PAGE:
Red Sox 15, Astros 10

When Red Sox catcher Ryan Lavarnway tied a major league record

with four passed balls in the first inning as he struggled to

handle pitches from knuckleballer Steven Wright, it looked as if

Boston would be in for a long night.

Lavarnway and the rest of the Red Sox didn’t dwell on the tough

start and instead focused on how to overcome it.

Jacoby Ellsbury homered twice and Jonny Gomes added a three-run

shot and the Red Sox rallied from a five-run deficit for a 15-10

win over the Astros on Tuesday.

”We try not to give up until the game is over,” designated

hitter David Ortiz said. ”Things got kind of crazy at the

beginning, but we kept on playing through it.”

Houston extended its lead to 5-0 before Ellsbury’s two-run shot

in a three-run third closed the gap.

The Astros led 7-3 before a five-run fifth inning, highlighted

by a two-run double by Lavarnway gave Boston a one-run lead.

”It was a key swing in the game,” manager John Farrell said of

Lavarnway’s hit.

The Red Sox tacked on five more runs in the sixth, capped by the

pinch-hit homer by Gomes.

The win gives Boston 69 wins this season, which ties its win

total from last year’s difficult campaign with 47 games to go.

Robbie Grossman, Brett Wallace and Jake Elmore homered for the

Astros, who have lost five of six.

Ortiz had four hits, two RBIs and scored twice for the Red Sox

and Shane Victorino added three hits and scored four times.

Wright lasted just one inning in his first major league start.

He had never thrown in a domed stadium before and said his ball had

more movement that it’s ever had. He felt bad that Lavarnway had

such a difficult time handling his pitches.

”Usually I can keep it within a certain area of the strike

zone,” Wright said. ”He’s caught me before, and he’s done a

really good job. And today it was all over the place and it makes

it tough.”

Brandon Workman (2-1) relieved him and got the win despite

yielding nine hits and six runs in 4 2-3 innings.

Houston’s Jordan Lyles (4-6) gave up nine hits for his third

straight start and tied a career high with eight runs in 4 2-3

innings.

”He pitched himself into some predictable fastball counts

against a really good fastball-hitting team,” manager Bo Porter

said of Lyles. ”They didn’t miss them and they put good swings on

them.”

Wright won his last two relief appearances and had thrown 9 2-3

scoreless innings entering Tuesday’s game. But he had trouble with

command from the start and walked leadoff hitter Robbie

Grossman.

Grossman stole second before advancing to third on the first

passed ball of the inning. He then plunked Brandon Barnes and he

later advanced to second on another passed ball.

A third passed ball allowed Grossman to score and Barnes to take

second. The last passed ball of the inning sent Barnes home before

a single by Jason Castro.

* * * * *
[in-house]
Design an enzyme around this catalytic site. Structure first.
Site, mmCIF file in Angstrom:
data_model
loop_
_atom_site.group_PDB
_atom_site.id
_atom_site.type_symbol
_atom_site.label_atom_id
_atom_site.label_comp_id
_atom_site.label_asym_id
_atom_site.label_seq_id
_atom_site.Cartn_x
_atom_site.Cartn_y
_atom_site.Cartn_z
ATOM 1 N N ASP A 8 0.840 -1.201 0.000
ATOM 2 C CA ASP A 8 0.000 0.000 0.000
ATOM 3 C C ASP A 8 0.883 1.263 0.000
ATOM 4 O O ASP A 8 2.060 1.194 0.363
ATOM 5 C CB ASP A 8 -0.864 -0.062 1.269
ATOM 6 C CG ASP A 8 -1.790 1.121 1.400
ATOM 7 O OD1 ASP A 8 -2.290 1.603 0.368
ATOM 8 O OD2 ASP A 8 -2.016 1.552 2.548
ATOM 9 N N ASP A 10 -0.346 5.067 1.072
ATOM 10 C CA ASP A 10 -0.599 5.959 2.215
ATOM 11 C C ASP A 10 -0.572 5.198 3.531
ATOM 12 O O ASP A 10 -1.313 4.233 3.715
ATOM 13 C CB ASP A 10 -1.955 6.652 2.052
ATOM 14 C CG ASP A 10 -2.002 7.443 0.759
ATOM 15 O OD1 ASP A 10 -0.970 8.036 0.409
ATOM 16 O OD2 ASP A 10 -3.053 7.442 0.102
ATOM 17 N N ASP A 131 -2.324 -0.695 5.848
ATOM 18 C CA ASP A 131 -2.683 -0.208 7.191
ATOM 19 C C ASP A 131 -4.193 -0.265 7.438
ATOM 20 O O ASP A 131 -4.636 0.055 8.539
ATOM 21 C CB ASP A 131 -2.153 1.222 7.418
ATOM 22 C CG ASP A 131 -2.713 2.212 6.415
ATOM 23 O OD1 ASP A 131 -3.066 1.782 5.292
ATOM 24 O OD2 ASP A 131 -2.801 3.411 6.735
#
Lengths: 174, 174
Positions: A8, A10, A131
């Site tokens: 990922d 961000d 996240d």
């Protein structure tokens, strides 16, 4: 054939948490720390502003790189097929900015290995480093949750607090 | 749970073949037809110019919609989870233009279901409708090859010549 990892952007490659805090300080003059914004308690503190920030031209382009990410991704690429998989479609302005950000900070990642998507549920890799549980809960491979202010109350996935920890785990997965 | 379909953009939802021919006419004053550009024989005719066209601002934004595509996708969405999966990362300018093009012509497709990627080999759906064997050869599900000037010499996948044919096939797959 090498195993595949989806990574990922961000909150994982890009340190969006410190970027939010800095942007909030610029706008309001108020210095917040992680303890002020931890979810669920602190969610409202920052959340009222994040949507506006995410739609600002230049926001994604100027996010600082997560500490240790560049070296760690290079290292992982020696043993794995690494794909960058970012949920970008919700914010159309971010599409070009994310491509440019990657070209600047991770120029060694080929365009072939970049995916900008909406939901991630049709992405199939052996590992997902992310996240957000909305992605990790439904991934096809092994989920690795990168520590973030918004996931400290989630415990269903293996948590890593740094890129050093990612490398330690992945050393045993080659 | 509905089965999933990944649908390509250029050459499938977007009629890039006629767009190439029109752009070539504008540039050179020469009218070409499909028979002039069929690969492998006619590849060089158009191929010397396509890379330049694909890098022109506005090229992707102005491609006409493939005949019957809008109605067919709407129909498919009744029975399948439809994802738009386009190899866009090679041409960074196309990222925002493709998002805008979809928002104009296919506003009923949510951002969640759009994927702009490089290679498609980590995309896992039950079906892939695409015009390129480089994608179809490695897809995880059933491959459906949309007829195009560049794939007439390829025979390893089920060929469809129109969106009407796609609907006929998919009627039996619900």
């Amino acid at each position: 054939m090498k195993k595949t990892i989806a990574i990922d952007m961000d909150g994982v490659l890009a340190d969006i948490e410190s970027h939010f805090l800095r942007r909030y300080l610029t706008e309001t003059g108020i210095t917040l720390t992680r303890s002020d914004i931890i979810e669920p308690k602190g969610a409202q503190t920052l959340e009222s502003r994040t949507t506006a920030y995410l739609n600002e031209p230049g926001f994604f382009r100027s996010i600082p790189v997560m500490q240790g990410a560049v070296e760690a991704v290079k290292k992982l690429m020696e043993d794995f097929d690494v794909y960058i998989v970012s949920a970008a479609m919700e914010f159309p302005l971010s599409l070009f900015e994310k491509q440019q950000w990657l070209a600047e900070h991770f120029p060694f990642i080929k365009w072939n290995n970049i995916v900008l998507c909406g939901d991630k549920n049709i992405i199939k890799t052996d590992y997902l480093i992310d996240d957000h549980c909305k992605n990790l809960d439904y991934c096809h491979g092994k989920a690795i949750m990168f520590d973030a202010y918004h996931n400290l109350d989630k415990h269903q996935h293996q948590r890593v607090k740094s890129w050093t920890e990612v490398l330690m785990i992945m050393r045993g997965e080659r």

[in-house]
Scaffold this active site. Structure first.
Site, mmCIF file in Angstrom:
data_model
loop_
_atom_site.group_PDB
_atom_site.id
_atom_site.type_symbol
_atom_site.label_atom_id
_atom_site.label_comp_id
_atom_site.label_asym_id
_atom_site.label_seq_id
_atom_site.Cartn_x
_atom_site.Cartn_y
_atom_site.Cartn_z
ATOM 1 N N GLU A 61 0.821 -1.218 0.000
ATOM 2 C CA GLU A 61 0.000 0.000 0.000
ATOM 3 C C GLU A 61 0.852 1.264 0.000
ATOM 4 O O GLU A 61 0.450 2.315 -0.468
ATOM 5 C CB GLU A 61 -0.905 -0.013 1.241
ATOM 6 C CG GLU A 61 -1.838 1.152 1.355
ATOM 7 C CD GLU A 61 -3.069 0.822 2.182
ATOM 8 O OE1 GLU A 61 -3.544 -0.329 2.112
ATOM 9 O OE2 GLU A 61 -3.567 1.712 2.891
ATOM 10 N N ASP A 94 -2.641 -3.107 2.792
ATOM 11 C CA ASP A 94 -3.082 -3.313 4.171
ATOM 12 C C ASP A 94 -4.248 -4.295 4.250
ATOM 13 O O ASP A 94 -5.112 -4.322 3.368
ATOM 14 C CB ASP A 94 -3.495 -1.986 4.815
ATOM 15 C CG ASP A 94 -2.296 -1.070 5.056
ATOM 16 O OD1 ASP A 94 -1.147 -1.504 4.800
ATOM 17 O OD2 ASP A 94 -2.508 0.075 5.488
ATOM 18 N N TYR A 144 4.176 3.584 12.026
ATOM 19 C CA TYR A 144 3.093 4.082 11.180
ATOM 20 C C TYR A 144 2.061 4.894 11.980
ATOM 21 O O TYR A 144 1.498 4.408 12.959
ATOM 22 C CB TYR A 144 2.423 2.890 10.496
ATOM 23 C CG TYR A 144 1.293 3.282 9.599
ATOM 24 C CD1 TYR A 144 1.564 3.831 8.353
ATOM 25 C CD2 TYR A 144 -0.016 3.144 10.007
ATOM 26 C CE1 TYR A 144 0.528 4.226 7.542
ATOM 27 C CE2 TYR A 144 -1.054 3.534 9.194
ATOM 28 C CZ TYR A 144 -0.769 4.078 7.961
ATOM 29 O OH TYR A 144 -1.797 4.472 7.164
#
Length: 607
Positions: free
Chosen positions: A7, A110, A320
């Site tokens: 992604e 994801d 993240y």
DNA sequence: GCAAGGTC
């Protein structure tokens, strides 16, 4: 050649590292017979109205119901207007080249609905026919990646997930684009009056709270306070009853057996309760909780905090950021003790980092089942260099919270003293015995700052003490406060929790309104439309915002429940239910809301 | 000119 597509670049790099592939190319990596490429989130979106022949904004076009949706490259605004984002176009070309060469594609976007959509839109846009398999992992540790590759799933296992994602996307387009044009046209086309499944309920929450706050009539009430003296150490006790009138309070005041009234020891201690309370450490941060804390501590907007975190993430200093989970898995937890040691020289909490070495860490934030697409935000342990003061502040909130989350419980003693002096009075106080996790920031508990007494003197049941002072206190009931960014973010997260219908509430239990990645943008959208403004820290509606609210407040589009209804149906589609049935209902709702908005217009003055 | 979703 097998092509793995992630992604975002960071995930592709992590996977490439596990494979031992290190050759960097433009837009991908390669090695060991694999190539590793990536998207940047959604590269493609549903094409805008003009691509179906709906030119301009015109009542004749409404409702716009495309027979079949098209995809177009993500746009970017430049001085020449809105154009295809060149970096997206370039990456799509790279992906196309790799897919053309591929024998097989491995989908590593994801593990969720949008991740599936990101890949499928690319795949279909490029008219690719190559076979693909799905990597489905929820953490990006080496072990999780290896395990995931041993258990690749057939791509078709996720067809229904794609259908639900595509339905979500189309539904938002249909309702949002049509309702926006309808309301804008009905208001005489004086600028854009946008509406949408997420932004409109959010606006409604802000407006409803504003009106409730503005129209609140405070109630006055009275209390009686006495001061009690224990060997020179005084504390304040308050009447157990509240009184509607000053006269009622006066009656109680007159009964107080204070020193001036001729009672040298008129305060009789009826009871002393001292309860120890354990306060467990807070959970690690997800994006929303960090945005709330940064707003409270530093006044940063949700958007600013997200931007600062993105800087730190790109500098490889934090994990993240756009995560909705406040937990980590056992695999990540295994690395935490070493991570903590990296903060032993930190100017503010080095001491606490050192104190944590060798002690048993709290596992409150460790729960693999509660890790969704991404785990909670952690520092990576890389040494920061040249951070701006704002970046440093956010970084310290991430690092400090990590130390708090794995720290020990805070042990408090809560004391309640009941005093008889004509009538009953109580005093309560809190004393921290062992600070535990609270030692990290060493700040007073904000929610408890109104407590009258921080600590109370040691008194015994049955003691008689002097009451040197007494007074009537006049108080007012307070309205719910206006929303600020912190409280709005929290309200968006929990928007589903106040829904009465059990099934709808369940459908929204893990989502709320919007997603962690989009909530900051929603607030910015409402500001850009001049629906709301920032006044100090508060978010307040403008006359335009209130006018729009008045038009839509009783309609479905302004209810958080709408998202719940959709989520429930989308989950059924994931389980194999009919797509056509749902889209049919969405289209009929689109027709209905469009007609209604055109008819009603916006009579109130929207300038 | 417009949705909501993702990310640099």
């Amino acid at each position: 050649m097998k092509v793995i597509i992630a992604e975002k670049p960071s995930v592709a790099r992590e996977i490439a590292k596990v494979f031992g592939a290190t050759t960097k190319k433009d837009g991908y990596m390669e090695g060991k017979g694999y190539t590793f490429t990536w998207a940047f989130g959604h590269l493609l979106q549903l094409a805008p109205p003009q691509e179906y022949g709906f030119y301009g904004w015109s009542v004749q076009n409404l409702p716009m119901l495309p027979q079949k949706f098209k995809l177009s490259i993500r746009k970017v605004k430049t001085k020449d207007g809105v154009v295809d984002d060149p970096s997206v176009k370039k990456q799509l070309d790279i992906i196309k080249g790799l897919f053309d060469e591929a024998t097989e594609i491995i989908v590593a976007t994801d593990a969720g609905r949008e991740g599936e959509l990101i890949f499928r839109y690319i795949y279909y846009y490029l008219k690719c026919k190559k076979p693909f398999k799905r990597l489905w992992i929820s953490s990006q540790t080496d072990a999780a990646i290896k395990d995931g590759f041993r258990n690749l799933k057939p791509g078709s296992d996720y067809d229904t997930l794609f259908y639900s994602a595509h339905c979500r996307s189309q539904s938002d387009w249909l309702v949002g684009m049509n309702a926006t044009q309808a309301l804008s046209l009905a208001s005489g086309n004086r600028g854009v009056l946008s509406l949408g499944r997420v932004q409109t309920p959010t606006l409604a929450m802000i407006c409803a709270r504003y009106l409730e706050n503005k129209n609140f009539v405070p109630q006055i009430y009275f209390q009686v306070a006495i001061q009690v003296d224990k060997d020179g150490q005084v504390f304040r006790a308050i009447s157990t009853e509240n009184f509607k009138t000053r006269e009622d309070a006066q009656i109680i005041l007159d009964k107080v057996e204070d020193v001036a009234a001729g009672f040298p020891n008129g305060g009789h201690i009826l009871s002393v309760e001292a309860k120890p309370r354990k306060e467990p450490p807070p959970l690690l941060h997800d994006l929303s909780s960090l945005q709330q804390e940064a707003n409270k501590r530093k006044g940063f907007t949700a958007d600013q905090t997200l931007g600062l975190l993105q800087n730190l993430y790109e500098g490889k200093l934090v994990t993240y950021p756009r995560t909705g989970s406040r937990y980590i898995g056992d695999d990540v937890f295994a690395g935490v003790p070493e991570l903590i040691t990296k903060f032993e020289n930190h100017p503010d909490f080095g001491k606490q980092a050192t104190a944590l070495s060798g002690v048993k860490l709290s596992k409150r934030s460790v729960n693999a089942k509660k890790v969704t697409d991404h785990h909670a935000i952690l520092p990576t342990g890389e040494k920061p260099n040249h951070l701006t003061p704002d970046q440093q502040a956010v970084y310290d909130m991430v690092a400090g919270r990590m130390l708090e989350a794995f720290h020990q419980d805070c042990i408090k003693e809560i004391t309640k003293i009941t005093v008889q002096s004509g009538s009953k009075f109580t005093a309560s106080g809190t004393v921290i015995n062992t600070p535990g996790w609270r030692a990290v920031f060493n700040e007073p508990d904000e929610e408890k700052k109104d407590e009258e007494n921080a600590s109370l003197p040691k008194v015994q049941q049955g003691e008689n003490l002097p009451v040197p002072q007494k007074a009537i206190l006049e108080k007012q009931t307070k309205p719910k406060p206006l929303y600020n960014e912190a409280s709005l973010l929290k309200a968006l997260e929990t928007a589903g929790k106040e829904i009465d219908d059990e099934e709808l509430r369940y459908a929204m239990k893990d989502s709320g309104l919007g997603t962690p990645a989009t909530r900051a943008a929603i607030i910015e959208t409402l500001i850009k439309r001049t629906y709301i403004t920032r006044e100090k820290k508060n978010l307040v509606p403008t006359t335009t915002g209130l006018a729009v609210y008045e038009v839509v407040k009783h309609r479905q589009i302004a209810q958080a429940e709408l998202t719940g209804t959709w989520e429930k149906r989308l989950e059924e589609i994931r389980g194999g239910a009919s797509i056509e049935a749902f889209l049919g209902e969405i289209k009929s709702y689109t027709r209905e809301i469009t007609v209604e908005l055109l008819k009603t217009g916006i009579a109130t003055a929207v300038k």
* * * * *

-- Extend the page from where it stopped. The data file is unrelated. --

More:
Wright walked Marc Krauss, prompting a visit to the mound by

Lavarnway. The visit didn’t seem to help as Wright soon followed it

with a wild pitch that left Castro at third.

He scored on a groundout by Wallace before Wright finally

escaped the inning by retiring Matt Dominguez.

It was the third time in major league history that a team had

four passed balls in one inning. It last happened on Aug. 22, 1987,

when Texas Rangers catcher Geno Petralli did it against the White

Sox in the seventh inning. Knuckleballer Charlie Hough was pitching

in that game.

Workman replaced Wright for the second inning and Jonathan

Villar singled with one out before Grossman launched his homer into

the seats in right field to extend the lead to 5-0.

Ellsbury’s homer got Boston within 5-2 the third inning. Ortiz

hit an RBI single later in the inning to make it 5-3.

Wallace matched his home run total from last year when he

connected on his ninth of the season to push Houston’s lead to 6-3

in the third.

L.J. Hoes hit his first career triple on a long fly ball which

bounced up onto Tal’s Hill in center field in the fourth. Villar

notched the first RBI of his career with a single that sent Hoes

home and make it 7-3.

Ellsbury walked to start the fifth before scoring on an error by

Hoes after a double by Victorino. Dustin Pedroia’s RBI double cut

Houston’s lead to 7-5 before a single by Ortiz. The Red Sox added a

run on a one-out groundout by Mike Carp which sent Ortiz to

second.

Ortiz advanced to third on a wild pitch before Lyles walked

Stephen Drew.

Lavarnway’s double, which sailed out of reach of sprinting left

fielder Grossman, scored two to give Boston an 8-7 lead and chase

Lyles.

Ellsbury sent his second homer to the second deck in right field

off Jose Cisnero to leave Boston up 14-9 in the seventh.

NOTES: Boston reliever Matt Thornton, who left the game on

Sunday in the eighth inning with tightness in his right oblique

area, is doing better, but still isn’t ready to play. ”He feels

improved just by going through range-of-motion-type movements,”

manager Farrell said. ”It was a good day for him, but we’re still

in that timeframe where a roster decision may have to be made if we

don’t see further progression by (Wednesday).” …Red Sox RHP Clay

Buchholz, on the disabled list with neck and shoulder ailments, had

a bullpen session on Tuesday where he threw 27 pitches. ”He came

out of today’s session feeling pretty good about himself, and more

importantly, he’s built up enough of a foundation that we can build

a mound progression for him to follow,” Farrell said.

”Progressive steps are being made right now, which is good.”…

Sprinter Carl Lewis, a nine-time Olympic gold medalist, threw out

the ceremonial first pitch. … The series wraps up on Wednesday

when Boston’s Ryan Dempster opposes Jarred Cosart.